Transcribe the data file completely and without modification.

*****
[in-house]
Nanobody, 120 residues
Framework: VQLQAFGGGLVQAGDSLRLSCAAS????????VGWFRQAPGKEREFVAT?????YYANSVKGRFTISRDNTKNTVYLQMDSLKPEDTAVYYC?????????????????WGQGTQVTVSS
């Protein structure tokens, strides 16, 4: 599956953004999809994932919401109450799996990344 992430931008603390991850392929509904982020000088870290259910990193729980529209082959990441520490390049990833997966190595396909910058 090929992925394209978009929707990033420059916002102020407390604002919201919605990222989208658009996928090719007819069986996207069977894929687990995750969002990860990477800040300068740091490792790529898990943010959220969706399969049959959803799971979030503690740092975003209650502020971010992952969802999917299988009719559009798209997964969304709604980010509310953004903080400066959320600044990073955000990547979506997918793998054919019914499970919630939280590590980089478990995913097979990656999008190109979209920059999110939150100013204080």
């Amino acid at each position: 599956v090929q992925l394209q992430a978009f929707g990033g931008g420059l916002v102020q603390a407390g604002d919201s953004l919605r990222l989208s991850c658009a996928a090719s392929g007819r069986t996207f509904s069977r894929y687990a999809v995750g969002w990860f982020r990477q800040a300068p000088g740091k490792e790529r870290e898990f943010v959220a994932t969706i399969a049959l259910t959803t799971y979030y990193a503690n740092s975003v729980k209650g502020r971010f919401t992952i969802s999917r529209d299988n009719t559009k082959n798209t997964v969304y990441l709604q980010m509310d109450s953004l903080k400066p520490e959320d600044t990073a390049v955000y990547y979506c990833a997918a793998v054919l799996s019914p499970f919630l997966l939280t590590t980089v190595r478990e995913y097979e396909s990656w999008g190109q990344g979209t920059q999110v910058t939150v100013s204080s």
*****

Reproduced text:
[in-house]
Nanobody, 120 residues
Framework: VQLQAFGGGLVQAGDSLRLSCAAS????????VGWFRQAPGKEREFVAT?????YYANSVKGRFTISRDNTKNTVYLQMDSLKPEDTAVYYC?????????????????WGQGTQVTVSS
């Protein structure tokens, strides 16, 4: 599956953004999809994932919401109450799996990344 992430931008603390991850392929509904982020000088870290259910990193729980529209082959990441520490390049990833997966190595396909910058 090929992925394209978009929707990033420059916002102020407390604002919201919605990222989208658009996928090719007819069986996207069977894929687990995750969002990860990477800040300068740091490792790529898990943010959220969706399969049959959803799971979030503690740092975003209650502020971010992952969802999917299988009719559009798209997964969304709604980010509310953004903080400066959320600044990073955000990547979506997918793998054919019914499970919630939280590590980089478990995913097979990656999008190109979209920059999110939150100013204080």
């Amino acid at each position: 599956v090929q992925l394209q992430a978009f929707g990033g931008g420059l916002v102020q603390a407390g604002d919201s953004l919605r990222l989208s991850c658009a996928a090719s392929g007819r069986t996207f509904s069977r894929y687990a999809v995750g969002w990860f982020r990477q800040a300068p000088g740091k490792e790529r870290e898990f943010v959220a994932t969706i399969a049959l259910t959803t799971y979030y990193a503690n740092s975003v729980k209650g502020r971010f919401t992952i969802s999917r529209d299988n009719t559009k082959n798209t997964v969304y990441l709604q980010m509310d109450s953004l903080k400066p520490e959320d600044t990073a390049v955000y990547y979506c990833a997918a793998v054919l799996s019914p499970f919630l997966l939280t590590t980089v190595r478990e995913y097979e396909s990656w999008g190109q990344g979209t920059q999110v910058t939150v100013s204080s």